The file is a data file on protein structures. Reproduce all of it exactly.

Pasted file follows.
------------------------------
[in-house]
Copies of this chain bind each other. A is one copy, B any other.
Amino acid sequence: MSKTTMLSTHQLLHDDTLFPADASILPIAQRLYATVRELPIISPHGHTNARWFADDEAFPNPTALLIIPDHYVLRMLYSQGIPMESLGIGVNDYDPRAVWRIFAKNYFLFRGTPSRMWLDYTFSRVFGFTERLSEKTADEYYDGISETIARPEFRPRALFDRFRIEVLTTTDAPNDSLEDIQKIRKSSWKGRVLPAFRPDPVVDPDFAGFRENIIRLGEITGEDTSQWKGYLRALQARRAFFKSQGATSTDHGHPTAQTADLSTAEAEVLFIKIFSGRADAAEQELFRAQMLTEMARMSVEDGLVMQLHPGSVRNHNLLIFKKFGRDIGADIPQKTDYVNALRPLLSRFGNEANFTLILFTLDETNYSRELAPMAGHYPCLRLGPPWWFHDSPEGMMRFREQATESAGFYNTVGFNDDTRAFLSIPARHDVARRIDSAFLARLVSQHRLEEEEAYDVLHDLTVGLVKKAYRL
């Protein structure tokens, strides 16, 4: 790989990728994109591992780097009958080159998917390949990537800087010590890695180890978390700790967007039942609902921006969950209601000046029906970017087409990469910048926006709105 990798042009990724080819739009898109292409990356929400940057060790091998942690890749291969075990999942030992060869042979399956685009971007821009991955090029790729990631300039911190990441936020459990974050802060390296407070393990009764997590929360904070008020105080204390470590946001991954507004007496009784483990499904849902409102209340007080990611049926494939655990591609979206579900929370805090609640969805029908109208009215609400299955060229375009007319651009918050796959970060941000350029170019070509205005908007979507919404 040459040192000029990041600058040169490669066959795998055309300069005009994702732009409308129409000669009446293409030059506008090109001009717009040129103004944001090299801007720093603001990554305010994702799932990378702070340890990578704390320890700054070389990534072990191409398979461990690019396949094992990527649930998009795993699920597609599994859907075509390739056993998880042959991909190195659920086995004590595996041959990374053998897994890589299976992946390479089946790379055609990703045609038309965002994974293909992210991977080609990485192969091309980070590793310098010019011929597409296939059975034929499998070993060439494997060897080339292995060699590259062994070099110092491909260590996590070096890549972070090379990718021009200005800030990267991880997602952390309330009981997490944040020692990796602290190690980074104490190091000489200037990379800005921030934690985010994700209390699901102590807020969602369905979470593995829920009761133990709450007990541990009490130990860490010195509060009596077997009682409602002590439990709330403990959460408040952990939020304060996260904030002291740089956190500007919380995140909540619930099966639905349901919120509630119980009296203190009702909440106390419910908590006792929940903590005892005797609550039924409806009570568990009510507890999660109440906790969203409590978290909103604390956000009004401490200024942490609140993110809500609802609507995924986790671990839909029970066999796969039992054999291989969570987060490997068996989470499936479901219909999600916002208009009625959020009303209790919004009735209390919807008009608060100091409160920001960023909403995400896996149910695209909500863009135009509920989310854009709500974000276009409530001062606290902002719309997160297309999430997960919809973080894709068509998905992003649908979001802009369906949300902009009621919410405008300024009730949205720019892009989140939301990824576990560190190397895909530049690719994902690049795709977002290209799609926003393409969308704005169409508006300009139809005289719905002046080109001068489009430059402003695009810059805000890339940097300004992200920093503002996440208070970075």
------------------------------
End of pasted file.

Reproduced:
[in-house]
Copies of this chain bind each other. A is one copy, B any other.
Amino acid sequence: MSKTTMLSTHQLLHDDTLFPADASILPIAQRLYATVRELPIISPHGHTNARWFADDEAFPNPTALLIIPDHYVLRMLYSQGIPMESLGIGVNDYDPRAVWRIFAKNYFLFRGTPSRMWLDYTFSRVFGFTERLSEKTADEYYDGISETIARPEFRPRALFDRFRIEVLTTTDAPNDSLEDIQKIRKSSWKGRVLPAFRPDPVVDPDFAGFRENIIRLGEITGEDTSQWKGYLRALQARRAFFKSQGATSTDHGHPTAQTADLSTAEAEVLFIKIFSGRADAAEQELFRAQMLTEMARMSVEDGLVMQLHPGSVRNHNLLIFKKFGRDIGADIPQKTDYVNALRPLLSRFGNEANFTLILFTLDETNYSRELAPMAGHYPCLRLGPPWWFHDSPEGMMRFREQATESAGFYNTVGFNDDTRAFLSIPARHDVARRIDSAFLARLVSQHRLEEEEAYDVLHDLTVGLVKKAYRL
């Protein structure tokens, strides 16, 4: 790989990728994109591992780097009958080159998917390949990537800087010590890695180890978390700790967007039942609902921006969950209601000046029906970017087409990469910048926006709105 990798042009990724080819739009898109292409990356929400940057060790091998942690890749291969075990999942030992060869042979399956685009971007821009991955090029790729990631300039911190990441936020459990974050802060390296407070393990009764997590929360904070008020105080204390470590946001991954507004007496009784483990499904849902409102209340007080990611049926494939655990591609979206579900929370805090609640969805029908109208009215609400299955060229375009007319651009918050796959970060941000350029170019070509205005908007979507919404 040459040192000029990041600058040169490669066959795998055309300069005009994702732009409308129409000669009446293409030059506008090109001009717009040129103004944001090299801007720093603001990554305010994702799932990378702070340890990578704390320890700054070389990534072990191409398979461990690019396949094992990527649930998009795993699920597609599994859907075509390739056993998880042959991909190195659920086995004590595996041959990374053998897994890589299976992946390479089946790379055609990703045609038309965002994974293909992210991977080609990485192969091309980070590793310098010019011929597409296939059975034929499998070993060439494997060897080339292995060699590259062994070099110092491909260590996590070096890549972070090379990718021009200005800030990267991880997602952390309330009981997490944040020692990796602290190690980074104490190091000489200037990379800005921030934690985010994700209390699901102590807020969602369905979470593995829920009761133990709450007990541990009490130990860490010195509060009596077997009682409602002590439990709330403990959460408040952990939020304060996260904030002291740089956190500007919380995140909540619930099966639905349901919120509630119980009296203190009702909440106390419910908590006792929940903590005892005797609550039924409806009570568990009510507890999660109440906790969203409590978290909103604390956000009004401490200024942490609140993110809500609802609507995924986790671990839909029970066999796969039992054999291989969570987060490997068996989470499936479901219909999600916002208009009625959020009303209790919004009735209390919807008009608060100091409160920001960023909403995400896996149910695209909500863009135009509920989310854009709500974000276009409530001062606290902002719309997160297309999430997960919809973080894709068509998905992003649908979001802009369906949300902009009621919410405008300024009730949205720019892009989140939301990824576990560190190397895909530049690719994902690049795709977002290209799609926003393409969308704005169409508006300009139809005289719905002046080109001068489009430059402003695009810059805000890339940097300004992200920093503002996440208070970075």